Rocking Or Rowing The Boat? Which Is Better?

Yesterday I had coffee with my son. I told him I had heard someone use the phrase, if you are rocking the boat, you are too busy to row. I may not have the idiom exactly right, but within the context of its use, it means that if one is questioning the direction of an organization, then one is not helping it move forward. Needless to say I have spent all night pondering this idea.

I am not a proponent of the divine right of management, nor am I a proponent of unquestioned leadership in organizations. This is not to say that I am one to always be an antagonist within an organizational system. However, if leadership is not doing its job, serving its constituency, then I think there needs to be some sort of questioning of direction.

The Declaration of Independence states, “When in the Course of human events it becomes necessary for one people to dissolve the political bands which have connected them with another and to assume among the powers of the earth, the separate and equal station to which the Laws of Nature and of Nature’s God entitle them, a decent respect to the opinions of mankind requires that they should declare the causes which impel them to the separation.” At one point in time we questioned the directive leadership of Great Britain, and chose to disassociate ourselves with the tyrannical rule of King George. We questioned the status quo.

I always get a little skeptical when I hear a leader tell me that I must get in line and row the boat. Especially when it is coupled with being God’s will. There was a man in South America that said something very similar, and got several hundred people to drink a bunch of Kool-aid. There was also another guy named Moses David that did the same thing.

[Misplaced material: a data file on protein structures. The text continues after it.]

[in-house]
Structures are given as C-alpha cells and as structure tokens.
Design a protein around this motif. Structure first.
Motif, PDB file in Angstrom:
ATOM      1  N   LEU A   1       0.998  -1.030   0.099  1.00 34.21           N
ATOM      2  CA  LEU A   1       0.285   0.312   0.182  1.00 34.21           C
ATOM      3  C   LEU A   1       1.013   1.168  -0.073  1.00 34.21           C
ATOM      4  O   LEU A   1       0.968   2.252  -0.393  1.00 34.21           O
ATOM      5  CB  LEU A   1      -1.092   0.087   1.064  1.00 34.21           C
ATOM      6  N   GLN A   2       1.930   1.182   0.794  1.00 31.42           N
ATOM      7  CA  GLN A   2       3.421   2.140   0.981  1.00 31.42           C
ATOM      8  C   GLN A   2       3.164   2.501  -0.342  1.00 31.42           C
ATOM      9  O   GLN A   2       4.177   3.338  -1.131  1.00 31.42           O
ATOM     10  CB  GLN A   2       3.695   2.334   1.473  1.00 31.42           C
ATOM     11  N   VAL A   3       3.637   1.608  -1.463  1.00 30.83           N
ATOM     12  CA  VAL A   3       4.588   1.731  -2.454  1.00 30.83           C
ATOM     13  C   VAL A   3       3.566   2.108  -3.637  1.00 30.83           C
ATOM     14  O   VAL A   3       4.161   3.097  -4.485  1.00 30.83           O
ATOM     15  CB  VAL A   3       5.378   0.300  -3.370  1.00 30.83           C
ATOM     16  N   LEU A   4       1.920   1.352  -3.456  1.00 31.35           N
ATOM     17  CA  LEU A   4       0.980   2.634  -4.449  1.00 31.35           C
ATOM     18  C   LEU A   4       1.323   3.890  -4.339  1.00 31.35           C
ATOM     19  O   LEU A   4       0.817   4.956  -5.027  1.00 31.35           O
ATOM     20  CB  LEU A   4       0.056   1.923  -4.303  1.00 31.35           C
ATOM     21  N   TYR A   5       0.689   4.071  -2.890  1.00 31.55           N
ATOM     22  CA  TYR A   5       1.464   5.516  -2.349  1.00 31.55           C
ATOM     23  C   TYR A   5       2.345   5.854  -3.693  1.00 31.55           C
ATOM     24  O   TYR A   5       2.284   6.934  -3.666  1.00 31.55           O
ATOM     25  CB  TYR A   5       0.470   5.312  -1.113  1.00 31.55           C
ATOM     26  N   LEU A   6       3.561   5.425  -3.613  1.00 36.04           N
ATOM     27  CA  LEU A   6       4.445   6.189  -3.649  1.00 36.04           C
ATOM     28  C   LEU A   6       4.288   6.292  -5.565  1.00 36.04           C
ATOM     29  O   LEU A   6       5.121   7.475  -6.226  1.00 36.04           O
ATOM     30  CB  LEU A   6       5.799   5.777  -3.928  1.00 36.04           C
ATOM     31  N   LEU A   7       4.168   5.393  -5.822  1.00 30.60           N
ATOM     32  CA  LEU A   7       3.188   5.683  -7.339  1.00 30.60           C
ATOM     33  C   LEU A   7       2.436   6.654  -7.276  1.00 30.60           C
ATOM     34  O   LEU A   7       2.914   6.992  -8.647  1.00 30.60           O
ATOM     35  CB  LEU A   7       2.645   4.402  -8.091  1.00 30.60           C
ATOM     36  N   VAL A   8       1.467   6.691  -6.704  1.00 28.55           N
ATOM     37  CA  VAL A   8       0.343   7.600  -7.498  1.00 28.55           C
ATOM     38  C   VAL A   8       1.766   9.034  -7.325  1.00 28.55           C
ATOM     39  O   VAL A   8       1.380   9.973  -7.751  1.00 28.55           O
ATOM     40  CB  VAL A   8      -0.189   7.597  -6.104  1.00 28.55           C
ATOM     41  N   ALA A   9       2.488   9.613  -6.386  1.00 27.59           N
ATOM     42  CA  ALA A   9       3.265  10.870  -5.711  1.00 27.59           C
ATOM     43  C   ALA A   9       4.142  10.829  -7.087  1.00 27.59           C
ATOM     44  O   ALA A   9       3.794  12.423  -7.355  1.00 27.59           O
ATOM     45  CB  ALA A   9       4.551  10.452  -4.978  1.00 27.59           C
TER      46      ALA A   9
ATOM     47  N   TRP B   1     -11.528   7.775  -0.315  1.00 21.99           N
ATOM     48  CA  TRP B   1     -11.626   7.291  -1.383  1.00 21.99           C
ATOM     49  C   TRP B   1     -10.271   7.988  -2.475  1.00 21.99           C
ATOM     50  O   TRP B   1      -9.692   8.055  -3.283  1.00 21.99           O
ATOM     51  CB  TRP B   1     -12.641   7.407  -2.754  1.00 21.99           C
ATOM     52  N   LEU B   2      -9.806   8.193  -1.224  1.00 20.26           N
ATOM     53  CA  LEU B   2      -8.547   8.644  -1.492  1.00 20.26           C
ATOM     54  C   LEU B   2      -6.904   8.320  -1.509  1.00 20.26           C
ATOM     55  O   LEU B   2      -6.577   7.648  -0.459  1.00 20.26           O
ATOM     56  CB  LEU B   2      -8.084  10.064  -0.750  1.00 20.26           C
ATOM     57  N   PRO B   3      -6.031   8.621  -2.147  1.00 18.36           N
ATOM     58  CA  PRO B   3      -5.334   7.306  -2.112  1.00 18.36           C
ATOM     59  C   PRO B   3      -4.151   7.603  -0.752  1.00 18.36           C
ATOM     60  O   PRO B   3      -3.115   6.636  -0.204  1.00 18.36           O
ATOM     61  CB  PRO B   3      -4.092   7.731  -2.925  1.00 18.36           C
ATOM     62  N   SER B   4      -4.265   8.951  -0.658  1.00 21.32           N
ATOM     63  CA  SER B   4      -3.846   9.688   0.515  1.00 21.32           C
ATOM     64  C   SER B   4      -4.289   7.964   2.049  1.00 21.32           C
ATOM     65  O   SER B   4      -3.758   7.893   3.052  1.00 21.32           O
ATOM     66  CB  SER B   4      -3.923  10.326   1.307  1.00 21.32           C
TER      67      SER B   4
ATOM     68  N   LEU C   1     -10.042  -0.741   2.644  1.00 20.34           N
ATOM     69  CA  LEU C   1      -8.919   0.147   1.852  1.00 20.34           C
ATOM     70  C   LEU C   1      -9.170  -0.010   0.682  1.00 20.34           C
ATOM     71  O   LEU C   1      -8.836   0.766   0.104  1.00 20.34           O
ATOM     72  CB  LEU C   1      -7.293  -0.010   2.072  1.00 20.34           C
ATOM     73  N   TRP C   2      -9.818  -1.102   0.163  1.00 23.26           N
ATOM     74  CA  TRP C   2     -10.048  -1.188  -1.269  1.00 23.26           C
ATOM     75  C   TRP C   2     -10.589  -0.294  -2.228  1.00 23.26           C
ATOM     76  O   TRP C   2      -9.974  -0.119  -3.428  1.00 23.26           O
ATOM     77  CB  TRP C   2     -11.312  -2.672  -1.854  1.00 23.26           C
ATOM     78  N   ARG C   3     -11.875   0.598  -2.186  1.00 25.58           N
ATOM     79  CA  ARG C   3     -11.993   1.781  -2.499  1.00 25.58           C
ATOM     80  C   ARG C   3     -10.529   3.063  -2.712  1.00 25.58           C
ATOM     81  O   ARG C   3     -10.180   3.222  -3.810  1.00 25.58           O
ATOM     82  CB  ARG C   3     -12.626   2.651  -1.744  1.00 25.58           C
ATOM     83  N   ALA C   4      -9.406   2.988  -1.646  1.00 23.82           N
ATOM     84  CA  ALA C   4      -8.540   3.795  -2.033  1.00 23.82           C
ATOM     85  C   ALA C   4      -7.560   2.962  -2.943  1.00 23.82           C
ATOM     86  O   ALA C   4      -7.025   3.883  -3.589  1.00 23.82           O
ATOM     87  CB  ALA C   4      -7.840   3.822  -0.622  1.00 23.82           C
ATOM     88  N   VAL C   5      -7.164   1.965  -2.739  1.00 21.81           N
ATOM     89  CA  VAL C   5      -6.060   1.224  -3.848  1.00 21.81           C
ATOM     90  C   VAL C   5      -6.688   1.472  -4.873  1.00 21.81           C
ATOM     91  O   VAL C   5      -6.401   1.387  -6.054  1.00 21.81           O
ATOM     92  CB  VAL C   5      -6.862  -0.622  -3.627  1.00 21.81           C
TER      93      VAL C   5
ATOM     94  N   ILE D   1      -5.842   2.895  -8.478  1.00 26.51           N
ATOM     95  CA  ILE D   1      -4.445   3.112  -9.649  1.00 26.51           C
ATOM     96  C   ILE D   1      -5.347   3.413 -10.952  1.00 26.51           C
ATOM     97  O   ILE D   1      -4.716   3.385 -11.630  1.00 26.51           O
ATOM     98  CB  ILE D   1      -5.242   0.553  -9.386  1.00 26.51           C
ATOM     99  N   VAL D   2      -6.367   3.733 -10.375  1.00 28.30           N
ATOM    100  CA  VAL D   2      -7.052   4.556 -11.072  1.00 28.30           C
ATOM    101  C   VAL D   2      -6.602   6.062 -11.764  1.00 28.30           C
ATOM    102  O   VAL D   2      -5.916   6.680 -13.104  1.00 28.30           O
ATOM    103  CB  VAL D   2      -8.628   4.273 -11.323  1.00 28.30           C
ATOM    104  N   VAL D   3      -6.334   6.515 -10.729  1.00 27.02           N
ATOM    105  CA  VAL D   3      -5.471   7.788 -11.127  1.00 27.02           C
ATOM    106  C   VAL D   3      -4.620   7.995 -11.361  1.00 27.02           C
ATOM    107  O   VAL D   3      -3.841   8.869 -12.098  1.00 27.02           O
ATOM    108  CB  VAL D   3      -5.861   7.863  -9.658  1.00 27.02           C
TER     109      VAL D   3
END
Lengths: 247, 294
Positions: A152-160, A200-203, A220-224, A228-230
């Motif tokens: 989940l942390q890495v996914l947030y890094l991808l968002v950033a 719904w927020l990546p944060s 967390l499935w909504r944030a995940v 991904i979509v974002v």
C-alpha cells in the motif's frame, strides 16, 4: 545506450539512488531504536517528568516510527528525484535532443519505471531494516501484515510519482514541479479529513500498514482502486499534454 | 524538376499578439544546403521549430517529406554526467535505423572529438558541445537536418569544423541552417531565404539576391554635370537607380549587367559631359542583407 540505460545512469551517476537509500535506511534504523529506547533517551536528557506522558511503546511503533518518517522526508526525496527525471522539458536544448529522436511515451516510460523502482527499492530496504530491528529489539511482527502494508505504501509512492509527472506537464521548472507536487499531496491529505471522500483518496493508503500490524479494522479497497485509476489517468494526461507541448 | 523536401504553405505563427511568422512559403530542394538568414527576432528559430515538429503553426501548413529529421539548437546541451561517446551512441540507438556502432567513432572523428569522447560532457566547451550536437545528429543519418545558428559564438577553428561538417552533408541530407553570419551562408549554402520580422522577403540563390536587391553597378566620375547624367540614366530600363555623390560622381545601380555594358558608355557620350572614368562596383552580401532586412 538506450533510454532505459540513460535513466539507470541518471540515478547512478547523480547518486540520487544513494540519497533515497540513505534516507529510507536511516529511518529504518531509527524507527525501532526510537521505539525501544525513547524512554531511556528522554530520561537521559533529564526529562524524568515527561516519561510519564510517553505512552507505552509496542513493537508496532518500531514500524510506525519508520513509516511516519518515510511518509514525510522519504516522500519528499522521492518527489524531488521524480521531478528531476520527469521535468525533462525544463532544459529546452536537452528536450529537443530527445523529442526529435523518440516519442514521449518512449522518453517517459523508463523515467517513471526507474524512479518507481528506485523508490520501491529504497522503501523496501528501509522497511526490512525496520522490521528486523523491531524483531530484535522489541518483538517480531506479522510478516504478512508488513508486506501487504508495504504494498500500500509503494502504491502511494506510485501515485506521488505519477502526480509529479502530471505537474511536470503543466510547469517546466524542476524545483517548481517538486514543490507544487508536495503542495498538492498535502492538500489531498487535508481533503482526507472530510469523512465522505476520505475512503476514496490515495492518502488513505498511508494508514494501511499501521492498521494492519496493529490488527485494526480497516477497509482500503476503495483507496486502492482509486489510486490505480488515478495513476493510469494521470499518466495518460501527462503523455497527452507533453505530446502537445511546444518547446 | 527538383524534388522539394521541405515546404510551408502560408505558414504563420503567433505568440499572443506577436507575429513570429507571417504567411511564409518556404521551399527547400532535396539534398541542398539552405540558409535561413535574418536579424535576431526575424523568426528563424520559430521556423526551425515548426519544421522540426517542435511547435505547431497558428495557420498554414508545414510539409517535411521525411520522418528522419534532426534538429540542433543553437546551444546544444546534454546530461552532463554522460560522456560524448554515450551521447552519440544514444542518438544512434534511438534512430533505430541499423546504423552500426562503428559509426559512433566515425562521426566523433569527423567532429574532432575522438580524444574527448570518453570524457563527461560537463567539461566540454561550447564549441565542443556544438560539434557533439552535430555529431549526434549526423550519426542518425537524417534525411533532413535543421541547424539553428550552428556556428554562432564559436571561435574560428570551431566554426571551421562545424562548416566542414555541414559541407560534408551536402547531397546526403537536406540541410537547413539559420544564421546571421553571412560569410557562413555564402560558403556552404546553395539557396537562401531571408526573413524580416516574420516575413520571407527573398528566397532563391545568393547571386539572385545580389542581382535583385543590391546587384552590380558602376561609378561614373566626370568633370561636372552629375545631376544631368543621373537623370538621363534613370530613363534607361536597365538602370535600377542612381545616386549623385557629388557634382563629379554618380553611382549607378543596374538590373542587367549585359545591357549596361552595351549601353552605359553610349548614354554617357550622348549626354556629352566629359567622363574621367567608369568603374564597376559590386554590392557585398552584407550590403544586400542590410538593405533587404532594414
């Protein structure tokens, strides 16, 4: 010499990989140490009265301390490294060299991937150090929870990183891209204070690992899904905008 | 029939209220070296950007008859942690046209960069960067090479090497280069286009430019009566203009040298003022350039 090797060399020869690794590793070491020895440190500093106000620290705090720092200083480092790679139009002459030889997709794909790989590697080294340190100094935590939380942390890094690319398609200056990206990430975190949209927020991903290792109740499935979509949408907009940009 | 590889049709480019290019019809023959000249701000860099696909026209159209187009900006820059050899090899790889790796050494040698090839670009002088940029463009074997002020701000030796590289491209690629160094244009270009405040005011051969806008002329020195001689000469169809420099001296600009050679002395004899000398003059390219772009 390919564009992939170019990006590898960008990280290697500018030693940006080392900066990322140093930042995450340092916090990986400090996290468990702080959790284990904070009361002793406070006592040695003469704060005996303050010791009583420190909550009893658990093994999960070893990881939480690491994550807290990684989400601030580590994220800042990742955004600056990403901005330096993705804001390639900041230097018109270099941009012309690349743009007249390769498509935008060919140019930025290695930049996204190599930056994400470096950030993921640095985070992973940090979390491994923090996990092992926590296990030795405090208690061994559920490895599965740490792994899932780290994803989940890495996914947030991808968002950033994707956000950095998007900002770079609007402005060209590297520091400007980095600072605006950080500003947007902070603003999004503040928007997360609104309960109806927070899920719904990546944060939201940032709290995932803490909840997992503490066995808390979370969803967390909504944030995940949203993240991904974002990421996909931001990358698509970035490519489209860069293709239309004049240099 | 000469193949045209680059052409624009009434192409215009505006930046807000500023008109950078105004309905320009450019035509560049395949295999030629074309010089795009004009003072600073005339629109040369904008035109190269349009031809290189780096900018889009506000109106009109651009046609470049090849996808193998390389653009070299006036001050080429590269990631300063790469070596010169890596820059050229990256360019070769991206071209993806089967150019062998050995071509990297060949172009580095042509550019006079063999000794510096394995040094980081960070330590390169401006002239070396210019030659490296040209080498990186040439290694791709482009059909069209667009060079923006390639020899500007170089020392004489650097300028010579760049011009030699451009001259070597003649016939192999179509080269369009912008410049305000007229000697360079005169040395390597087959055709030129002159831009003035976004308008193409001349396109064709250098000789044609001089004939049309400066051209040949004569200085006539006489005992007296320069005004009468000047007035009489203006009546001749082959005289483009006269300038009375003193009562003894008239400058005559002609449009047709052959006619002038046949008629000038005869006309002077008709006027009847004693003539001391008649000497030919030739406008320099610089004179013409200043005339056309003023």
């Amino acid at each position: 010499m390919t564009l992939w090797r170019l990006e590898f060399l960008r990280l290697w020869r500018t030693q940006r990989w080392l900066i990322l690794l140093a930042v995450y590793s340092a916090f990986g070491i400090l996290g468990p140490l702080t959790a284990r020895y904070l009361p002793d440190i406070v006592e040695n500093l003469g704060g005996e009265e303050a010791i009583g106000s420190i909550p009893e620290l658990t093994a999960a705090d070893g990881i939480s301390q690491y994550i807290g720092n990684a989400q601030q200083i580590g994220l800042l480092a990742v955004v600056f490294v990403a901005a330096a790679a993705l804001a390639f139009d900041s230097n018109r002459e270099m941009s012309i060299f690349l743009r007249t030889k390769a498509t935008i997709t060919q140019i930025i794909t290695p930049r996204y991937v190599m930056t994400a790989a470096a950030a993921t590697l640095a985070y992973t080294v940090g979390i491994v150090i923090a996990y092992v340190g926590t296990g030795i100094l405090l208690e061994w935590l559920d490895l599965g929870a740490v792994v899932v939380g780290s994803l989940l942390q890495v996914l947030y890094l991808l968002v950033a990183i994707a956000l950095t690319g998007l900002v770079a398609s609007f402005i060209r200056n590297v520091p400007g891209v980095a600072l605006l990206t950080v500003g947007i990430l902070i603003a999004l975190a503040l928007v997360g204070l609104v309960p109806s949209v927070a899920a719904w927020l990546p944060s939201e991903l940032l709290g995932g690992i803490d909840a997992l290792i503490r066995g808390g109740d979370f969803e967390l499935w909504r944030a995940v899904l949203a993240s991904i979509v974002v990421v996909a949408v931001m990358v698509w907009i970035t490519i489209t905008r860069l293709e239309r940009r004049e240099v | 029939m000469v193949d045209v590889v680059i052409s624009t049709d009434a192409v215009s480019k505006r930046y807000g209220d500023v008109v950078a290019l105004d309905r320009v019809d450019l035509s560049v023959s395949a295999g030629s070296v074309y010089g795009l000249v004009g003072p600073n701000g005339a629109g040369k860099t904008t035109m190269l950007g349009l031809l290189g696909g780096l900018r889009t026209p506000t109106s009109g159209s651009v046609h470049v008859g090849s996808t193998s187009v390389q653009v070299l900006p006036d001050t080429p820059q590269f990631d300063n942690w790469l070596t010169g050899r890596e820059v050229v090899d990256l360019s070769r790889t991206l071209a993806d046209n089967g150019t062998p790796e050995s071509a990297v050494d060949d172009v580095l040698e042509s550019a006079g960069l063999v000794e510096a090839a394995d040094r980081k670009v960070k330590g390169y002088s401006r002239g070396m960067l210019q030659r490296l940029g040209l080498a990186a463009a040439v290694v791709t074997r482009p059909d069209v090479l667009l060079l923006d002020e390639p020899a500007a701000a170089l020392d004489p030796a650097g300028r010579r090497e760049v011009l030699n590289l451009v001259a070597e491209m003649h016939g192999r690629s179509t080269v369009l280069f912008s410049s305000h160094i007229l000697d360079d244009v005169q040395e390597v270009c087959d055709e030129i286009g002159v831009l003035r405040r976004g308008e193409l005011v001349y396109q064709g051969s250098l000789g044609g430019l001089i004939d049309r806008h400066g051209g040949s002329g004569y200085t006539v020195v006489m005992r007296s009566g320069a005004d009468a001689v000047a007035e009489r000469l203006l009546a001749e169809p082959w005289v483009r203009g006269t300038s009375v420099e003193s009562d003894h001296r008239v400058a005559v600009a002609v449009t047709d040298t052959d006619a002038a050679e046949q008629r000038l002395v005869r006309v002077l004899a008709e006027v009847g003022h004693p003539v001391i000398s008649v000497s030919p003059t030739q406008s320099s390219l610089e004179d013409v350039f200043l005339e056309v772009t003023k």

Being a good leader is not a coercive endeavor using psychological inducements to get in line. Being a good leader is using influence and action to demonstrate the value of a direction. It also involves encouraging the followers to stop rowing the boat when necessary and rock it to get the attention needed to right the ship’s course.

Irving Janus studied John F. Kennedy’s cabinet’s decision to invade Cuba. The Bay of Pigs was a huge fiasco. JFK’s cabinet was made up of people considered the smartest in the world at the time. Yet, due to no one questioning, or being willing to rock the boat, because they were too busy rowing, the event failed.

If I am a leader who tells my followers to not rock the boat, I am heading down a slippery slope. One of my favorite characters in scripture is King David. He was a man of great accomplishments, as well as great failures. Within his children there were many horrible events. At one point in time he was running for his life from his own son. While he was escaping, a man named Shimei was cursing David. Another person wanted to kill Shimei, but David recognized that maybe this rocking the boat was from God. David said in 2 Samuel 16:11, “let him curse, for the Lord has told him to.” In David’s mind God may have sent this message to him and he must accept it. We know that David was restored and Absalom was killed. But David demonstrates an important leadership principle. Listen to those who are criticizing, there just may be a message.

Maybe a more accurate idiom would be Row the boat, but if I start going down the wrong river, rock the boat. Then we’ll correct the course together.

And that is my thought for the day!

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